Say hello to the ultimate job seeker advocate, Amie Thompson. She understands that the job search process can be overwhelming, so her goal is to alleviate some of that stress. In this feature Amie gives her top tips for networking, tells you how to tailor your resume to suit the role and offers some essential advice for acing the interview!
Please could you give our readers a quick recap of how you came to be a career coach?
Prior to becoming a coach, I spent my career working in corporate HR. Initially, I wanted to get into HR because I wanted to help people, and with a business degree it seemed like the best fit. As my career progressed, I found that I was spending a lot of time involved with things that didn’t directly touch the employees. So I left my corporate job to start my own coaching business – Sound Interview Professionals – which allows me to directly help people get jobs.
Please could you tell us more about your coaching business…
We aren’t traditional career coaches or resume writers. There are lots of people who provide these services. Instead, we focus on teaching our clients exactly how to update their resumes. In this job market, resumes need to be customised for each position. Our clients take a bigger share of ownership in making the updates, while partnering with their coaches. Our resume clients gain confidence and the ability to have a polished, professional resume on their own timeline. We also help prepare clients for job interviews and focus on a blend of traditional and behavioural interview questions.
What are the most important factors to consider when searching for a job?
People seem to underestimate the power of networking. When working with clients, my advice is that only 20% of their job search should be searching and applying for positions on the internet. The other 80% of the time is better spent finding connections, and talking to people, ideally face-to-face. I encourage clients to set up informational interviews, find volunteer opportunities and reach out to their personal network for help.
I’d also recommend creating a list of your top 10 companies you’d like your next role to be at. Then, each week take steps to engage with two or three of them somehow. It could be as simple as setting up job search notifications on their site, meeting a recruiter, or engaging with the content they post on social media. This helps you feel more connected to the company.
Finally, apply for stretch roles. A lot of my clients worry that if they don’t meet the requirements on the job posting, they shouldn’t apply. Those requirements are more along the lines of a ‘wish list’, so as long as you believe you can perform the tasks the position is looking for, and it’s not a mid-senior career type of job, go for it! Don’t take yourself out of the running for the position, let the company make that decision. Oh, and always negotiate your initial offer!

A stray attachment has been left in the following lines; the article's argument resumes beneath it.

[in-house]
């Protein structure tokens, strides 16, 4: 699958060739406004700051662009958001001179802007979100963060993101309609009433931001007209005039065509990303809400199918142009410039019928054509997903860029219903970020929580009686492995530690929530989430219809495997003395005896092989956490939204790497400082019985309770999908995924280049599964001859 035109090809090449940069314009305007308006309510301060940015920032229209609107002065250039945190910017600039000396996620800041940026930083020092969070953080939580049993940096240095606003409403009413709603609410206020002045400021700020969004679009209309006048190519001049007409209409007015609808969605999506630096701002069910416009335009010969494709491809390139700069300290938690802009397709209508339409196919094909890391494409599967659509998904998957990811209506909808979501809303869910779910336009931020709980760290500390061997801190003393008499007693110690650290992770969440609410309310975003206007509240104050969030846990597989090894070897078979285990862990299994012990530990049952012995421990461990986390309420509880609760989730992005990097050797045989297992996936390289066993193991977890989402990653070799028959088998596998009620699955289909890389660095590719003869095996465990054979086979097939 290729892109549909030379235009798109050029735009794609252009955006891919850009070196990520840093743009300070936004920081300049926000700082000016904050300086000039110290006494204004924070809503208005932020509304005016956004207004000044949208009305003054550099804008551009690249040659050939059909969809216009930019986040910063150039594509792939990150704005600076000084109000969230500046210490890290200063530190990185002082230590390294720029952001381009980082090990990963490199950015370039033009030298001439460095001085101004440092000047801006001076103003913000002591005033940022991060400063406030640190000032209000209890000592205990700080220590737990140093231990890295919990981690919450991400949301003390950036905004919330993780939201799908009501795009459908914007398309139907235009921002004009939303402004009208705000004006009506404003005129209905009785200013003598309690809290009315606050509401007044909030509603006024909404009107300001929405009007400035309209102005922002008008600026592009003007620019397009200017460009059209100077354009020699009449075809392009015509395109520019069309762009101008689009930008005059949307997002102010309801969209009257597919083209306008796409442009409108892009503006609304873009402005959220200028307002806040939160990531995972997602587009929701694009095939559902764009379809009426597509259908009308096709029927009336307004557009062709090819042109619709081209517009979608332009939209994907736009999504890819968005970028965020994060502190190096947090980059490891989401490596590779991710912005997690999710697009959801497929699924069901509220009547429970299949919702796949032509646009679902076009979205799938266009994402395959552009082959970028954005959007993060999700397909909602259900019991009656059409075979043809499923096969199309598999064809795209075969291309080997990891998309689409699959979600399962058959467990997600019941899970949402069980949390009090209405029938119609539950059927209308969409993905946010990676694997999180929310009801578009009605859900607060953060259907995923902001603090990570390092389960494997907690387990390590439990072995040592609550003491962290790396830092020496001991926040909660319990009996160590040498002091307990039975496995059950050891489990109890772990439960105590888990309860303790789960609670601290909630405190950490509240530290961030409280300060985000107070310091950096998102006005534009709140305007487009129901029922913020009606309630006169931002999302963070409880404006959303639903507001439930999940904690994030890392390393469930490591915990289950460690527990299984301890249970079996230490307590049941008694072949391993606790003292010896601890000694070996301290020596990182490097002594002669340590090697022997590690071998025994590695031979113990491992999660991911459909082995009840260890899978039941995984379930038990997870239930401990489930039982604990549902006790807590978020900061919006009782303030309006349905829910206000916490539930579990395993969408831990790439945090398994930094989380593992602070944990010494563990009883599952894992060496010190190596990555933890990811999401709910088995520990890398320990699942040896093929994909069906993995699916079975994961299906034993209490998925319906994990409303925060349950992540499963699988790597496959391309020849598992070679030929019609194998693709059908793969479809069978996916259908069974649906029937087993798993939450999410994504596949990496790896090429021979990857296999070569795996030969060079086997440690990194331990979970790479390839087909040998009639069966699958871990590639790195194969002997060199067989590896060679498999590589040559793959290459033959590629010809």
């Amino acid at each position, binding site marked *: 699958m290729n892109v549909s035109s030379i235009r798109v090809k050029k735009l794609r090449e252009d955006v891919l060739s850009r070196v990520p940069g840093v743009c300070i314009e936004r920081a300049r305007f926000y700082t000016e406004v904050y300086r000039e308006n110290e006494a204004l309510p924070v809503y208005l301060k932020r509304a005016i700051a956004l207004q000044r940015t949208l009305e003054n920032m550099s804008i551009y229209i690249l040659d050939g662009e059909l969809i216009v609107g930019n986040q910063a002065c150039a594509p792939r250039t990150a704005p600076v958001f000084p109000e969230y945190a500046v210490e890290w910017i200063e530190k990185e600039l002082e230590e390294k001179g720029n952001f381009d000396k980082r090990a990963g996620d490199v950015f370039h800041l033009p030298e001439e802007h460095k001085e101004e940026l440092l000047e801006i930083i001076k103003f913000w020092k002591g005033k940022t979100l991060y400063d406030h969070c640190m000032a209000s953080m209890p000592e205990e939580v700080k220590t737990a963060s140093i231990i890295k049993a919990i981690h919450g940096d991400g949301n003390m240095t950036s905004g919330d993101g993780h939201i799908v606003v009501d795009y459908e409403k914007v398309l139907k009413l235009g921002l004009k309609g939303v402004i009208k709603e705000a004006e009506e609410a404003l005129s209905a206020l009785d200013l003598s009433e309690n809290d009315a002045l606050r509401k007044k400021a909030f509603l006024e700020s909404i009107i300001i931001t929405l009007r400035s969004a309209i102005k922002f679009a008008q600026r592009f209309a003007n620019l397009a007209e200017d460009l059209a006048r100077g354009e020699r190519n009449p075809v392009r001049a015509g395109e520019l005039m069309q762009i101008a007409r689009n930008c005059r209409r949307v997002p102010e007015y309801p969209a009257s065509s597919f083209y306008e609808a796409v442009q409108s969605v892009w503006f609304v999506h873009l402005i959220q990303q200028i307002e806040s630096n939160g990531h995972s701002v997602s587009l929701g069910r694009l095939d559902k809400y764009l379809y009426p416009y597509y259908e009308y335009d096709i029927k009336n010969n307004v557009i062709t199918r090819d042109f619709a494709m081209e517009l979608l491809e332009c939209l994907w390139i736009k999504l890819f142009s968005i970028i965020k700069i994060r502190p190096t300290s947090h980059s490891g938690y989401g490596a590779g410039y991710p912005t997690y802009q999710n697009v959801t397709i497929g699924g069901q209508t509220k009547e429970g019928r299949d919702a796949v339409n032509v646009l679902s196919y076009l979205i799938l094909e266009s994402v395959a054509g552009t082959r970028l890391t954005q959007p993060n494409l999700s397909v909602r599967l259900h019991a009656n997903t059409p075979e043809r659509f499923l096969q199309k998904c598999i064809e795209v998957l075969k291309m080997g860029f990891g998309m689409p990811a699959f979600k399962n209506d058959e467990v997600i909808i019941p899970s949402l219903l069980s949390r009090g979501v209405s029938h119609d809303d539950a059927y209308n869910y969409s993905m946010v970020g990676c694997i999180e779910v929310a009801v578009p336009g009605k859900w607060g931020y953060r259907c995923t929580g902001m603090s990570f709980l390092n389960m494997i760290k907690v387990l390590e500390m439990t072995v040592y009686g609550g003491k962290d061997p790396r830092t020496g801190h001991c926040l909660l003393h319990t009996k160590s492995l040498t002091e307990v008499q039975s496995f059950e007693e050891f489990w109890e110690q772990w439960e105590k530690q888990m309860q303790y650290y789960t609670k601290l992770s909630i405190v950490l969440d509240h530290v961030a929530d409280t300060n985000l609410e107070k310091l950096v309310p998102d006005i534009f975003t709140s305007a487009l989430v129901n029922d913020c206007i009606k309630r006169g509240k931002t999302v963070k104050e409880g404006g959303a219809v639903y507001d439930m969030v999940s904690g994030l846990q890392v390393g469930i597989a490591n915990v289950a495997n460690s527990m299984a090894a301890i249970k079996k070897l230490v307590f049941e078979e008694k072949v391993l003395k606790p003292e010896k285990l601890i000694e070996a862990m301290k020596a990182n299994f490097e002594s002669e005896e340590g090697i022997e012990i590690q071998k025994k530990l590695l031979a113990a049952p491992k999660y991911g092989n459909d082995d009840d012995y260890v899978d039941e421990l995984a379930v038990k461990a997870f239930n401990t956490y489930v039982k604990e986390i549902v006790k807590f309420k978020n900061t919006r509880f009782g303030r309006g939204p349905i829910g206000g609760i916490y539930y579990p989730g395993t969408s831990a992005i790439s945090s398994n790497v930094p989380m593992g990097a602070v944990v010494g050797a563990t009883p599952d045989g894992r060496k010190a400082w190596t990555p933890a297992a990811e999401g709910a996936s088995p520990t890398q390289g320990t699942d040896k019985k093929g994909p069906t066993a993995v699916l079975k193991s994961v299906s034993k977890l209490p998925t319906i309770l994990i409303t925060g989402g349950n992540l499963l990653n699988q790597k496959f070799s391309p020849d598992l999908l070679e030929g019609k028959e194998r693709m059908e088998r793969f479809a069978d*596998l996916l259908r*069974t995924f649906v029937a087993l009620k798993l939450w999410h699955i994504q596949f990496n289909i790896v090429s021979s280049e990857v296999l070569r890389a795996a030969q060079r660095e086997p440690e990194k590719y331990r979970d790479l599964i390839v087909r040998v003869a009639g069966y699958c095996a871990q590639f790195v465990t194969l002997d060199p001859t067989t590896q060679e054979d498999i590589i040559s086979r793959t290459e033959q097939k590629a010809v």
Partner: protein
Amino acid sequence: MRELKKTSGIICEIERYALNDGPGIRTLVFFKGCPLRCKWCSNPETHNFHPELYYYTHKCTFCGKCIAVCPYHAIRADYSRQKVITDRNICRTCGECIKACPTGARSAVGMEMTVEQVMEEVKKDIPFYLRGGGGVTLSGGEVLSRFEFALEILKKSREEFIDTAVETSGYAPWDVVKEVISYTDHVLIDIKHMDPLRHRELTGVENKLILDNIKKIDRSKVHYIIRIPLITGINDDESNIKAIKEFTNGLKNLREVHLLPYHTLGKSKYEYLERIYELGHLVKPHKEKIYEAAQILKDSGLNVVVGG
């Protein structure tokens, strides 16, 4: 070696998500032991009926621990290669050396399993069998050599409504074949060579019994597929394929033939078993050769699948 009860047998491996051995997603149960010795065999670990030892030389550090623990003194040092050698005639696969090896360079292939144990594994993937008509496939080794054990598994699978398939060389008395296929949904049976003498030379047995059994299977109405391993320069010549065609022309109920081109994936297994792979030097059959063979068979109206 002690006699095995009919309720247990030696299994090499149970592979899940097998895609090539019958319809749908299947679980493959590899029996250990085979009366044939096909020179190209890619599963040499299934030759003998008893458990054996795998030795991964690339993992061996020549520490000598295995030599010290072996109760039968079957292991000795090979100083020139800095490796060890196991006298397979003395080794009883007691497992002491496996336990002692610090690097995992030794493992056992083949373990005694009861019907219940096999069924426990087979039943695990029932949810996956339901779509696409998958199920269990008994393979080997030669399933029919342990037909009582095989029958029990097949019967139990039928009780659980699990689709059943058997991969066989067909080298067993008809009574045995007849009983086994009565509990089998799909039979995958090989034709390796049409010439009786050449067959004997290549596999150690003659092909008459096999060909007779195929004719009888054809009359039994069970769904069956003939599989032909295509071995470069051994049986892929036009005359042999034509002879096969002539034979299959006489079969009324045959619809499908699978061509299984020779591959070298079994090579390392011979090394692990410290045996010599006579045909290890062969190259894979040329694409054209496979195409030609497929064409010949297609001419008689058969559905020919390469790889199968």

Any tips for a successful interview?
Prepare 10-15 stories that you can tell in an interview. Know those stories. Have them on a sheet of paper in your binder. If you are absolutely stuck, grab your notes. You probably won’t need them, but it’s a safety net. Also, try to build a rapport with the hiring manager. The better a rapport you build in an interview, the better they’ll be able to see you in the job.
Do you have any successful case studies that you’d like to share?
Just recently I had a client come to me looking to make a career pivot from the academic space into a highly competitive electrical apprenticeship. The opportunity was only open once a year, and people he knew had been attempting to get in repeatedly without success. Each year there were upwards of a thousand applicants who started the process, and there were only 15 spots. He had made it to the final panel interview when he contacted me for coaching. We met for two sessions to help him prepare for the interview. He put a LOT of work into getting ready and ultimately was able to get the apprenticeship on his first try. Over the past two years, I’ve worked with so many wonderful people, and there’s nothing that makes me happier than hearing they were able to get the job they worked so hard to prepare for.
You’re a keen blogger – what recruiting topics do you enjoy writing about the most?
That’s hard to say. Lately, the blogs posts I’ve been writing have come from questions that clients are asking, or topics I’m covering frequently in sessions. I enjoy writing content that I truly believe will help people in their job search; be it new tips and tricks with various technologies, or strategies for the entire hiring process.
What’s your essential advice to candidates?
Make sure you’re customising your resume for each position you are applying for and always reflect the language in the job description. Oh, and remember to write that all-important thank you note if you get to the interview stage!
Speaking of advice… what’s the best piece of advice you’ve ever been given?
Be yourself. Not everyone is going to like you, and that’s fine. I think it’s really applicable in the hiring process too. So many people try to fit within what exactly a company wants, but there are so many people unhappy with their job. Find somewhere you don’t need to change who you are to be happy. Interviews are a two-way street, and people tend to forget that. Candidate experience is important, and if you don’t feel like you connect in the interview, it’s okay to pass on the opportunity.
Is there anything else you’d like to mention?
If you’re ever in the market for an interview or resume coach, I’d love to talk with you! Thanks to technology, we conduct sessions with clients all over via video conferencing.
To get in touch with Amie, email firstname.lastname@example.org, follow her on Twitter, or connect via LinkedIn. Also, be sure to check out Amie’s blog for tips on resumes, interviews, salary negotiations, legal updates and strategies for the workplace!